By Claire Brandes
Within North American archeology, conventional wisdom has it that the Clovis people represent the continent’s earliest occupation around 12,000 years ago, after the ice sheets of the Last-Glacial Maximum, which would have made it impossible to travel via Beringia, receded. These early hunter-gatherers have long been blamed for the downfall of many megafaunal species, including the wooly mammoth. Not only are they known for their distinctive spear points thought to have been used to hunt large game, the extinction event during which 35 genera of North American megafauna met their demise occurred roughly in tandem with the arrival of the Clovis people. However, new research suggests that this damning evidence may turn out to be merely circumstantial, after all.
Fossilized human footprints discovered in White Sands National Park, New Mexico have provided new evidence surrounding the peopling of the Americas that may exonerate the Clovis people. Researchers involved analyzing the footprints applied radio-carbon dating to seeds found in sediments surrounding the footprints as well as the layers above, and below. Their results, published in one of the most prestigious academic journals, Science, date the footprints to 23,000 years ago, pushing humans’ arrival in the Americas back by millennia.
Even more interesting are the mammoth tracks found in the stratigraphic layers meters above the footprints’ location. As it turns out, early Americans coexisted with megafaunal species for much longer than previously thought. Dr. Sally Reynolds, paleontologist at Bournemouth University and co-author of the publication, commented, “It may well be that the humans were harvesting these megafauna as part of their killing and their hunting more sustainably in the earlier years, and potentially through time, as the populations grew, the balance of power shifted and the humans started perhaps overharvesting these megafauna.”
In accordance with this theory, several scholars have produced studies that suggest early humans were incapable of causing the complete collapse of the megafauna all on their own. Researchers with the University of Utah Department of Anthropology, David Byers and Andrew Ugan concluded that based on the caloric value of a mammoth, early hunters would have expended more energy than gained by exploiting these animals as a food source, thus discounting the plausibility of large-game specialization in the Pleistocene. Nonetheless, researchers have found definitive proof that early humans must have at least occasionally hunted megafauna based on archaeological kill sites attributed to the Clovis people.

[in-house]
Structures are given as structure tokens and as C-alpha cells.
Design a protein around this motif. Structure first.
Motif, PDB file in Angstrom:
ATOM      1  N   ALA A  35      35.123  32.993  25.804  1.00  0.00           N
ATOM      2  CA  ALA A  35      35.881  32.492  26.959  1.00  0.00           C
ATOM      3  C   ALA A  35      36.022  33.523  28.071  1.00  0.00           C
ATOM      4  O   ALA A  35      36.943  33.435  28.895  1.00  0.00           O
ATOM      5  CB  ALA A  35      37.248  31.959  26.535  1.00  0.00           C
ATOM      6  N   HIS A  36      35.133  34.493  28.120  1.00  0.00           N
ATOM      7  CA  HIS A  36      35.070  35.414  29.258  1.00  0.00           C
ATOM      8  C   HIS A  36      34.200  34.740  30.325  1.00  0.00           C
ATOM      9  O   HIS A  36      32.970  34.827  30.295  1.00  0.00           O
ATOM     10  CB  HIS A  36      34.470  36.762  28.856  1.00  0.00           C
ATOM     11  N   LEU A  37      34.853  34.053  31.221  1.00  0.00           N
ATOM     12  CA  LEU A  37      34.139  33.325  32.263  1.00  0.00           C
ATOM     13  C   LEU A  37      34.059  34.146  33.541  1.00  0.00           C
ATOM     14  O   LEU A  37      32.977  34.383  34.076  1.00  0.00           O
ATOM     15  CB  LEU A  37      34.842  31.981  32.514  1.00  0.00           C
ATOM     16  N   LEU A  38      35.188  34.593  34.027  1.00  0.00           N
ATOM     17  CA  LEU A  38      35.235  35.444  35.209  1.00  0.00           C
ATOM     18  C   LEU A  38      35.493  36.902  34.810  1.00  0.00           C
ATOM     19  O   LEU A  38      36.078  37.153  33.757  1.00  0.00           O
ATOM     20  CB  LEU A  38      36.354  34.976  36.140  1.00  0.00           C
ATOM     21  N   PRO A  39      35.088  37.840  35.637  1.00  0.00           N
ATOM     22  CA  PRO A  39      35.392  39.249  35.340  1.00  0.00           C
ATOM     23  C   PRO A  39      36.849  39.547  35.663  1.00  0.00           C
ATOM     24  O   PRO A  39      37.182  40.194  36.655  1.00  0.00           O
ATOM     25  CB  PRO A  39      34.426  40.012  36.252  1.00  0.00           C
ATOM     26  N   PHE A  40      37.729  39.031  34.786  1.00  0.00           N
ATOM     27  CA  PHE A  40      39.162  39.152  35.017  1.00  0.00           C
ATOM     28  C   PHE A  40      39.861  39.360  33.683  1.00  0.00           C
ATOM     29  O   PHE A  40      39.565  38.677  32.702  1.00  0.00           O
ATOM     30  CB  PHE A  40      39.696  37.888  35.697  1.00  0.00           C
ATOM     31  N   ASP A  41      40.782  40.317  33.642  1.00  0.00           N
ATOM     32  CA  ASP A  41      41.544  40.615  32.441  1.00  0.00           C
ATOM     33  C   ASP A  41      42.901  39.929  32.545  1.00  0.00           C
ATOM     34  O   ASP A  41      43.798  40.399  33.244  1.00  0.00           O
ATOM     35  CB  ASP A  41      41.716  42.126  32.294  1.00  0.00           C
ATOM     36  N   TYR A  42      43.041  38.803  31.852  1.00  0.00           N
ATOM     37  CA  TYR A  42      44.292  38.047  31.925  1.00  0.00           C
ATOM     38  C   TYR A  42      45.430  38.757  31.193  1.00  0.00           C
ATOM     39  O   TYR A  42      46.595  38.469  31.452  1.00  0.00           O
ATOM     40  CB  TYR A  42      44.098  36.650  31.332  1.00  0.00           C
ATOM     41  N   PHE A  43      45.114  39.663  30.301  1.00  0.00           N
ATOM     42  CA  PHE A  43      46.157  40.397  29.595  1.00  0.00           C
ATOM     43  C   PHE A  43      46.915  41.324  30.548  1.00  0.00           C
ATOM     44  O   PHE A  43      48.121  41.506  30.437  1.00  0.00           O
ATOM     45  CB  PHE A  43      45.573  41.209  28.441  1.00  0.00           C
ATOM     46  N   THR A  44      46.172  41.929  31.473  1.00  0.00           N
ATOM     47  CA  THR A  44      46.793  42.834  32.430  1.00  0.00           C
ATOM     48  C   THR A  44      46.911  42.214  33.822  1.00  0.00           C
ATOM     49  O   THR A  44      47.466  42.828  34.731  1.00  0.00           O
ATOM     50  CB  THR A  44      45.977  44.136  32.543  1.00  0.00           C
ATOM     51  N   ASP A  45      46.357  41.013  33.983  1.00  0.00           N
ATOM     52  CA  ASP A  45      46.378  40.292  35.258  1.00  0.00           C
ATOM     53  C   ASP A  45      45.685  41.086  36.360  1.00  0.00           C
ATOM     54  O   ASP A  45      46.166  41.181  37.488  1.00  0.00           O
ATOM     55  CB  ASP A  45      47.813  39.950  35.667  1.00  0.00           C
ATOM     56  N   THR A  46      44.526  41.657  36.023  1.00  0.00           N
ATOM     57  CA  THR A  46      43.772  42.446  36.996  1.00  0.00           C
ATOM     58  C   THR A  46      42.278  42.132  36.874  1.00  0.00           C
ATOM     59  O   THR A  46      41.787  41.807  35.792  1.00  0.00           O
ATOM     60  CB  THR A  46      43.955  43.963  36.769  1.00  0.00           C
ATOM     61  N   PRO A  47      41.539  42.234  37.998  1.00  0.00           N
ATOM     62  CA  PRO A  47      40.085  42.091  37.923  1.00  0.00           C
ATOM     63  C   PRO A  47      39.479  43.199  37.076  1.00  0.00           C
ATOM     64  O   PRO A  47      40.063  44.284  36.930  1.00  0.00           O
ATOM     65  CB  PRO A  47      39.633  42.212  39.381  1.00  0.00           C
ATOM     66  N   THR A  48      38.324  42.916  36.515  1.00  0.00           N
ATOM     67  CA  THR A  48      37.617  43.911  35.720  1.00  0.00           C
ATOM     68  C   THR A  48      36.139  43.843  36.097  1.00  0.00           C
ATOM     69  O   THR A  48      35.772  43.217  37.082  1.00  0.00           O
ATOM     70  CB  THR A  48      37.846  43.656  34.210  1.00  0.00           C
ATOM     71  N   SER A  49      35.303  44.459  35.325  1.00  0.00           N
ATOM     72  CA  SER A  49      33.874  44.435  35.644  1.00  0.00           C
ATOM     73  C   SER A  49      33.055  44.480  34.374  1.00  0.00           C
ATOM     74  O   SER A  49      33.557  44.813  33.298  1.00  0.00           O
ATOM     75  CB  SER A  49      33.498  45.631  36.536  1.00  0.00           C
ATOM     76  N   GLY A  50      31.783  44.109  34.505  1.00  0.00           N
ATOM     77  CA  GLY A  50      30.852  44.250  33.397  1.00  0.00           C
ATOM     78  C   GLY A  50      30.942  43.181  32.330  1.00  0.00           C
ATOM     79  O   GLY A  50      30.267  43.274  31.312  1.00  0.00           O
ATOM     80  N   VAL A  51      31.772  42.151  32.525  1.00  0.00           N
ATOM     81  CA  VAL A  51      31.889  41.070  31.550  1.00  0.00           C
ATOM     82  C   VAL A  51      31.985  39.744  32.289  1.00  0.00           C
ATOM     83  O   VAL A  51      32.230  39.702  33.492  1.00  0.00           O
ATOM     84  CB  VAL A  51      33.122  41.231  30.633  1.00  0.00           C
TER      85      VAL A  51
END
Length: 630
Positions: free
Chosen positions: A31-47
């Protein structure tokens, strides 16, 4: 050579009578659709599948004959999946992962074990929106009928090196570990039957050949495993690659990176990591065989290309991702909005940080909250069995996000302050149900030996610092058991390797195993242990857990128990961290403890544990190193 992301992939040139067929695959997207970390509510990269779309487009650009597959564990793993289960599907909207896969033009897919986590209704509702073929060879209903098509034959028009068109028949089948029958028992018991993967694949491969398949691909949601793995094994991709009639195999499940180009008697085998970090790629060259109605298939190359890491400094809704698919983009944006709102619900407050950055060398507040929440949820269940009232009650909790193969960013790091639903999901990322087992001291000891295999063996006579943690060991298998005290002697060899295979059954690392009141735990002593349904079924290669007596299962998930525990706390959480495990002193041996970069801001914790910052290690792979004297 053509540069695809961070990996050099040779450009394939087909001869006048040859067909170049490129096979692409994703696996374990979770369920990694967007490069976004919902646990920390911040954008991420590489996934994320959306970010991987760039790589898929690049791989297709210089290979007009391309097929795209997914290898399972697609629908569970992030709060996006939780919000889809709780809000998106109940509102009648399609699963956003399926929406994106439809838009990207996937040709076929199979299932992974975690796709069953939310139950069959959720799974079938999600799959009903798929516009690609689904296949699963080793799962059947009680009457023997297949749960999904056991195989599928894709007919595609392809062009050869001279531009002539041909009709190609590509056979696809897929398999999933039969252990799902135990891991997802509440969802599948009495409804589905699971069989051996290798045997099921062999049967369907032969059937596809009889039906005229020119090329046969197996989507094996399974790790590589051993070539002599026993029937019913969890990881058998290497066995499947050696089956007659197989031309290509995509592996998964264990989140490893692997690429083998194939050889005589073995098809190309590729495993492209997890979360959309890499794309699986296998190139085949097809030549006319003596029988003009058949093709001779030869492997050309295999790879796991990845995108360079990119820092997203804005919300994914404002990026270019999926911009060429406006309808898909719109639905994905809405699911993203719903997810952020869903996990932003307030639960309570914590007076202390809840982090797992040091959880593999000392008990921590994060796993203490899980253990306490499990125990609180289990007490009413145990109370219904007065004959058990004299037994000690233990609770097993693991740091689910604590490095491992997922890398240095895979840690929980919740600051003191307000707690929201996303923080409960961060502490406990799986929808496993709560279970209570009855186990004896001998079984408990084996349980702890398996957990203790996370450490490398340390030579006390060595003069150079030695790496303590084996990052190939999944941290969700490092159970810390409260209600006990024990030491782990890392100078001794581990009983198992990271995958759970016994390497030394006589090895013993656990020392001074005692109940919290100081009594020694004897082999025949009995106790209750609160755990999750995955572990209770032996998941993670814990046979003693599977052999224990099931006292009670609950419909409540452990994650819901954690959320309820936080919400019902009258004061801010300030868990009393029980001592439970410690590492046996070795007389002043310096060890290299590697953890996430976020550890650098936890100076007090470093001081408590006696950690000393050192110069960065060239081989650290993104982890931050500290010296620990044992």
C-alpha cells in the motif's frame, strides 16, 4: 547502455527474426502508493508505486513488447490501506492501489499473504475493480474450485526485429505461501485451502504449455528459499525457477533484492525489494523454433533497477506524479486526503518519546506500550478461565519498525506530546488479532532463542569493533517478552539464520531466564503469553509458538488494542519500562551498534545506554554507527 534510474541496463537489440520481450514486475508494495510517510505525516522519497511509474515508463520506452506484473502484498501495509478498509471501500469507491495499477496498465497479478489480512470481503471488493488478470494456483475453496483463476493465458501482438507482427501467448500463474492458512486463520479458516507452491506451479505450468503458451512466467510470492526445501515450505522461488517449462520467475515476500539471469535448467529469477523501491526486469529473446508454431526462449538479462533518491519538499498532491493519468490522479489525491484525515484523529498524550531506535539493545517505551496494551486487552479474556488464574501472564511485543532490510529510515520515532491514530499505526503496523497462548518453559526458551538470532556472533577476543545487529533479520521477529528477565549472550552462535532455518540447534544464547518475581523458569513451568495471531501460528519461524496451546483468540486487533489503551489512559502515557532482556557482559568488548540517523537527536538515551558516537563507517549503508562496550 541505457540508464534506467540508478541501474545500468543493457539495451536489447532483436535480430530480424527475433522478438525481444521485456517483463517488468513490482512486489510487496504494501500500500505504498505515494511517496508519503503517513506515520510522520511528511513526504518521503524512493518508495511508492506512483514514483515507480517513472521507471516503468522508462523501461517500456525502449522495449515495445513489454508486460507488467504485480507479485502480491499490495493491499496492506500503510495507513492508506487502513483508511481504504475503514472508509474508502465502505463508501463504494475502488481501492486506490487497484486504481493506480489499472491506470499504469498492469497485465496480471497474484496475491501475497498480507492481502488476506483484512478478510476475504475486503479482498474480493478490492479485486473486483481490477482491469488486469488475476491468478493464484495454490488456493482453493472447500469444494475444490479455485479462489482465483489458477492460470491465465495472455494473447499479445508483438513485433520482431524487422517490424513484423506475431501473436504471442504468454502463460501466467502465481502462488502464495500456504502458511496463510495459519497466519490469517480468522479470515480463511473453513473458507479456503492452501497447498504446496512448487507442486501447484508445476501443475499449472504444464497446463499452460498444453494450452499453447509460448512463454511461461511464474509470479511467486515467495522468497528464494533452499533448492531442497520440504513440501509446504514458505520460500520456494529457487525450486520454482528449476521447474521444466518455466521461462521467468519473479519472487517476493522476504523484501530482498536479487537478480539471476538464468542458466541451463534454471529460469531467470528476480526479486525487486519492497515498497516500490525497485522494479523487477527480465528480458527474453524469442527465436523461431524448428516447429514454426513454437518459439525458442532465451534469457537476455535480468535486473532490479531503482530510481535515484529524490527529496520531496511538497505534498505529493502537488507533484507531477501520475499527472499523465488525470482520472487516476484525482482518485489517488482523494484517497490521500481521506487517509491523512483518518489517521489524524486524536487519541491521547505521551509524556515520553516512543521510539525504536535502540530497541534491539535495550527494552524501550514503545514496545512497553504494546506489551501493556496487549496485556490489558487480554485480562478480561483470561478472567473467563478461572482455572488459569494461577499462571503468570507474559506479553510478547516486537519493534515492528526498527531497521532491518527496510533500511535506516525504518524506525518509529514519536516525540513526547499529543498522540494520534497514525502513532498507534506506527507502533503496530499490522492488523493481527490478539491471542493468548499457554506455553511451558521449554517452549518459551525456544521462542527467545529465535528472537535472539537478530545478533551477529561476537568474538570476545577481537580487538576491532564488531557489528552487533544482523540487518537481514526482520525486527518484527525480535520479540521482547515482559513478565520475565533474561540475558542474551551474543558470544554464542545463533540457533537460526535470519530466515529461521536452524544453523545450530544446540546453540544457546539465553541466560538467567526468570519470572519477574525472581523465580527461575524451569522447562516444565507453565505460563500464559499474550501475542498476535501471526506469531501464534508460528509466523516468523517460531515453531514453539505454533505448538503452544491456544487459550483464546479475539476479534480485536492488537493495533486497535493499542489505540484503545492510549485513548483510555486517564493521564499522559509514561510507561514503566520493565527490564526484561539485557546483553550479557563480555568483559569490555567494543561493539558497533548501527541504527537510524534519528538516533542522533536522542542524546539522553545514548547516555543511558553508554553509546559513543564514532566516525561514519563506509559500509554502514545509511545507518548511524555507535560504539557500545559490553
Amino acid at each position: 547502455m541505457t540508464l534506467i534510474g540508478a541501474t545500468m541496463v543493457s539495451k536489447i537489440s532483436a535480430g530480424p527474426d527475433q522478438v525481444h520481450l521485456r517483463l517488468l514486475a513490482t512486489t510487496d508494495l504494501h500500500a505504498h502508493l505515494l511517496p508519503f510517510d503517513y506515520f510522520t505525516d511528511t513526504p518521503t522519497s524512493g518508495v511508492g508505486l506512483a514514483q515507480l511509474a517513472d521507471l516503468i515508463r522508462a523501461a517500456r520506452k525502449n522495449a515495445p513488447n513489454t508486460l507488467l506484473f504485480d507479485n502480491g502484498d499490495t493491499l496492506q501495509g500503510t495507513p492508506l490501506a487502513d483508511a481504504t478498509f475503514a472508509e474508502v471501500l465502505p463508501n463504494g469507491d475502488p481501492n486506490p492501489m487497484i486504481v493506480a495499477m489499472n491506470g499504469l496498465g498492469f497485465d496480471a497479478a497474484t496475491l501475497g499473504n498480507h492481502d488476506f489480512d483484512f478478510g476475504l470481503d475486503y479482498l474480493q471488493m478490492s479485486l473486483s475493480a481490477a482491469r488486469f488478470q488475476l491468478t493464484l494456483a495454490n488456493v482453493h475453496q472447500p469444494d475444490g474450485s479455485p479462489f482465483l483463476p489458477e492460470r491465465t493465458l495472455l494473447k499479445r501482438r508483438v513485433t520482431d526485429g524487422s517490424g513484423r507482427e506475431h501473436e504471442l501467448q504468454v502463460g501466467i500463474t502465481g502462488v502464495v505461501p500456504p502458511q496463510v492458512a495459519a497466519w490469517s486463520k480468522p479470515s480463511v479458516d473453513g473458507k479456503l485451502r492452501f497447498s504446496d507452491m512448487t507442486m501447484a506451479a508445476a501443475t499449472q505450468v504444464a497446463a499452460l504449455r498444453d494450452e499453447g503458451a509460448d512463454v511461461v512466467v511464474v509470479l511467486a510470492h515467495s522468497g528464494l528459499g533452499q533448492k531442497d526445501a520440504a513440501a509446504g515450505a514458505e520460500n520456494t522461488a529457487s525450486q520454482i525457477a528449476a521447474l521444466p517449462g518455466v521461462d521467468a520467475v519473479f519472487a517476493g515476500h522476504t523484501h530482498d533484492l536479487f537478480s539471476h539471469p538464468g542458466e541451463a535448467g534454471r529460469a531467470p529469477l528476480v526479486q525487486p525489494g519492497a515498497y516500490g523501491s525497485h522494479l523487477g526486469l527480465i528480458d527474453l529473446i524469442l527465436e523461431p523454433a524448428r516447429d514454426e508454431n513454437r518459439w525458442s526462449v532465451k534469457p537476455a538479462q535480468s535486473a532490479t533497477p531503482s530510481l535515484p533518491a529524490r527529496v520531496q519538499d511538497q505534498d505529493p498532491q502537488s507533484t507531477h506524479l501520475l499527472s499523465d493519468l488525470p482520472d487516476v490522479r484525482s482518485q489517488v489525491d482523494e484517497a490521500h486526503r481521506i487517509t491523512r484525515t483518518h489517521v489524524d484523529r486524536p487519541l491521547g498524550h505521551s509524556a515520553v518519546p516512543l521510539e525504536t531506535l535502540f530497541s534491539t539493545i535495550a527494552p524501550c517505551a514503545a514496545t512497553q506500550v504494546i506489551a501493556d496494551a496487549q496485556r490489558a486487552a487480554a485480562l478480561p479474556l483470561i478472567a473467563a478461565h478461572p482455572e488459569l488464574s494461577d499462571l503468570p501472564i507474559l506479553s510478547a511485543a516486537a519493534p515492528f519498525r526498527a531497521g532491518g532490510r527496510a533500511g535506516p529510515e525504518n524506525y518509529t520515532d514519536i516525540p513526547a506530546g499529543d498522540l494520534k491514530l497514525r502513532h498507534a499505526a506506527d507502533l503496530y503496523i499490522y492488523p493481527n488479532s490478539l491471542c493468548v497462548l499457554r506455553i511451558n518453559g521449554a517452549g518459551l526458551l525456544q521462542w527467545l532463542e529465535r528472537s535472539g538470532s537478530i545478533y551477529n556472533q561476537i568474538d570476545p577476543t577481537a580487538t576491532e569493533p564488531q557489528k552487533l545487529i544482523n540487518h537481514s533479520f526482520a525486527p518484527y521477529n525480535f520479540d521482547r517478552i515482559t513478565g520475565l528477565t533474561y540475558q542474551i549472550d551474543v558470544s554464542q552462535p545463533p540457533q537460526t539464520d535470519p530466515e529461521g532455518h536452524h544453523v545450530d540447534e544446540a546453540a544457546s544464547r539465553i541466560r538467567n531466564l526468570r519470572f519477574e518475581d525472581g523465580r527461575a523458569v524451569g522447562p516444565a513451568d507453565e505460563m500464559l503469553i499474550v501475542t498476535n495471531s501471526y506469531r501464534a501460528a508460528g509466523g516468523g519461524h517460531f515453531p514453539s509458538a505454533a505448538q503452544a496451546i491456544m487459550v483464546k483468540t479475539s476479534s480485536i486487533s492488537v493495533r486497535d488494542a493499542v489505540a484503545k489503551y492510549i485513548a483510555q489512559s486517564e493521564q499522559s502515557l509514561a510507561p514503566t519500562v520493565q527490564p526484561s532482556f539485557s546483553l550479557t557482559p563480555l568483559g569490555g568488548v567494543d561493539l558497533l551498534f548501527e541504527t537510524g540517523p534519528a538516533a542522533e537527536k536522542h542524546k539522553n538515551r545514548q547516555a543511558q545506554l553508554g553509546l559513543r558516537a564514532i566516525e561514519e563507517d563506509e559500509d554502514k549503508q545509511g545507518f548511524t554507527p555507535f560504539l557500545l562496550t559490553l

In summary: while early humans certainly hunted megafauna, it is unlikely that they relied on these species to sustain them. Furthermore, fossilized footprints suggest that people arrived in the Americas long before megafaunal extinctions began to occur. Where does this leave us? In line with Dr. Sally Reynold’s thoughts about the matter it seems most likely that, while humans were able to hunt megafauna sustainably, something happened that caused overharvesting to occur. One possible cause is the climate change that occurred during the Pleistocene epoch. Complicating this debate, it remains unclear when continuous occupation of North America truly occurred. Are these fossil footprints indicative of a large human population in the area?
Despite the uncertainties that remain, this discovery provides an amazing look into the past, and is celebrated by paleoanthropologists as we continue to uncover details about human origins.
Author: Claire Brandes is a 4th year anthropology major at the University of Georgia with interests in paleoanthropology and paleoecology. She intends to enroll in an anthropology PhD program for the Fall of 2022.
Bennett et al. (2021). Evidence of humans in North America during the Last Glacial Maximum. Science, 373, 1528-1531.
Bulte, E., Horan, R. D., & Shogren, J. F. (2005). Megafauna extinction: A paleoeconomic theory of human overkill in the Pleistocene. Journal of Economic Behavior & Organization, 59(3), 297-323.
Byers, D. A., & Ugan, A. (2005). Should we expect large game specialization in the late
Pleistocene? An optimal foraging perspective on early Paleoindian prey choice. Journal of Archaeological Science, 32(11), 1624-1640.
Gershon, L. (2021, September 24). Prehistoric footprints push back timeline of humans’ arrival in North America. Smithsonian Magazine.
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